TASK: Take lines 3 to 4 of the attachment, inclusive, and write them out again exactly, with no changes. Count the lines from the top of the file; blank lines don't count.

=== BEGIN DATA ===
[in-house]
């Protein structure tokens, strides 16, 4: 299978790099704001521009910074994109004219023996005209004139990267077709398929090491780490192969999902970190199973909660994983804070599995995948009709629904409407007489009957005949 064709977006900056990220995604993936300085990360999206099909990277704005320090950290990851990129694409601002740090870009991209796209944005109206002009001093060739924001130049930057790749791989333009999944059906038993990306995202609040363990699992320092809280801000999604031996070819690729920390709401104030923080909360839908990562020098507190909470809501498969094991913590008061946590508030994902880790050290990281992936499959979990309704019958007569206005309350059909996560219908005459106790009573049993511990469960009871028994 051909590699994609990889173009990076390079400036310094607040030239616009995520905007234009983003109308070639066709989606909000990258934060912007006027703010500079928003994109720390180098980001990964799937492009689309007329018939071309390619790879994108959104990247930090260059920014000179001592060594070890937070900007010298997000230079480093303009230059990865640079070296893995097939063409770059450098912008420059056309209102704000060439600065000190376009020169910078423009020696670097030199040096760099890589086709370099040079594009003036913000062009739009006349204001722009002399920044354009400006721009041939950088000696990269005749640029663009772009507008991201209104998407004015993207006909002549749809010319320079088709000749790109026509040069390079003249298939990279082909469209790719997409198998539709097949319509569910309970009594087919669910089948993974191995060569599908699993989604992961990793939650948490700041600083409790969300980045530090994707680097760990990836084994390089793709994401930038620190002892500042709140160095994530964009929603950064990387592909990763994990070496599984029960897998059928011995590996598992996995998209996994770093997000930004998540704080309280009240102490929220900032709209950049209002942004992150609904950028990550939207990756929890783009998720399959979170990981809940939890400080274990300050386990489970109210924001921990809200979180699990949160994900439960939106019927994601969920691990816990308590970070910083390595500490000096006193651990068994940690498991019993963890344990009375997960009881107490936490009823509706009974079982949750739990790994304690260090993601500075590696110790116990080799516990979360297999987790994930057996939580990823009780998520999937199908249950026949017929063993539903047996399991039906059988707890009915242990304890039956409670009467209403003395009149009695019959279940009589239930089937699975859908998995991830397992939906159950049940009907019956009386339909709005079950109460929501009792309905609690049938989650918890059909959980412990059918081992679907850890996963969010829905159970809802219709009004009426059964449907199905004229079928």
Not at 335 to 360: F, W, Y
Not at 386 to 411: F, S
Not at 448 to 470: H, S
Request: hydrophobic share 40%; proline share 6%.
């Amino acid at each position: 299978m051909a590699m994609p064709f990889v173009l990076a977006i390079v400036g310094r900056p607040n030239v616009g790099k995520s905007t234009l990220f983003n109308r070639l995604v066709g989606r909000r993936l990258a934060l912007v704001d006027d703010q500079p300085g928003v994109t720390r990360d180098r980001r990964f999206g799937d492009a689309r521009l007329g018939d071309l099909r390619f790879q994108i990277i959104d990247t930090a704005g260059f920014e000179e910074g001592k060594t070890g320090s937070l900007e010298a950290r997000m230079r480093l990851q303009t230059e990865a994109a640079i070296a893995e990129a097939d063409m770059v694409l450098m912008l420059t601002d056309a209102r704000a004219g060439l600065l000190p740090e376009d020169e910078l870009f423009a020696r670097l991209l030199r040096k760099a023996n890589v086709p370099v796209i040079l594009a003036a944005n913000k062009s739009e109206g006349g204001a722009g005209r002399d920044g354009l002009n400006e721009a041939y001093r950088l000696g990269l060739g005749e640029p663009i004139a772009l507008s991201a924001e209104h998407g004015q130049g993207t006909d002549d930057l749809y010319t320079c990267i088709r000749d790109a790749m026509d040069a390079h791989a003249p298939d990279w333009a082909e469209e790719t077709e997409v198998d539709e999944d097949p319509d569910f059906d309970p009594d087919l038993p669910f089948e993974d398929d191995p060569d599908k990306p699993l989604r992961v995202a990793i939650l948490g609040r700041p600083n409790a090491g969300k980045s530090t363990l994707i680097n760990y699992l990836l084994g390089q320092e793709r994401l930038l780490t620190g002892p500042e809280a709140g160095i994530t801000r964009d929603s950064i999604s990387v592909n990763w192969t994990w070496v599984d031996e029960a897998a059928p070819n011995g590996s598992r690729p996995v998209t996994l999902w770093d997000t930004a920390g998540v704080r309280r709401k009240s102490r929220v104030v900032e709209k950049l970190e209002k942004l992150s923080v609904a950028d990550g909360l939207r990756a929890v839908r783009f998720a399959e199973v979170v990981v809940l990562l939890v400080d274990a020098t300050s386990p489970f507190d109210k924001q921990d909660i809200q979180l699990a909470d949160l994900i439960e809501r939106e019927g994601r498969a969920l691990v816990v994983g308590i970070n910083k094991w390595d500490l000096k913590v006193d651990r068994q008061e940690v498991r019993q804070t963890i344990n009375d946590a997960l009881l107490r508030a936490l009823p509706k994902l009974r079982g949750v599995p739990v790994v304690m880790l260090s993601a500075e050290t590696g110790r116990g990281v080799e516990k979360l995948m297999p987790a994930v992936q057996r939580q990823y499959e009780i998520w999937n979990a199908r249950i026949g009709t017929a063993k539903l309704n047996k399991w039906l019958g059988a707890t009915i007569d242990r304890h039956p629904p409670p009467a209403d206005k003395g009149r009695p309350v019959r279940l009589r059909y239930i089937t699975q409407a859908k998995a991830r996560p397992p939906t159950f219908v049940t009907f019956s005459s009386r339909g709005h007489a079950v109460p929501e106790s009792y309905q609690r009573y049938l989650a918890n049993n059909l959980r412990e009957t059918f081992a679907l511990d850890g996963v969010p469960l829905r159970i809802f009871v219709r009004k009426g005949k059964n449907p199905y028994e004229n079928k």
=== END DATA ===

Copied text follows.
Not at 335 to 360: F, W, Y
Not at 386 to 411: F, S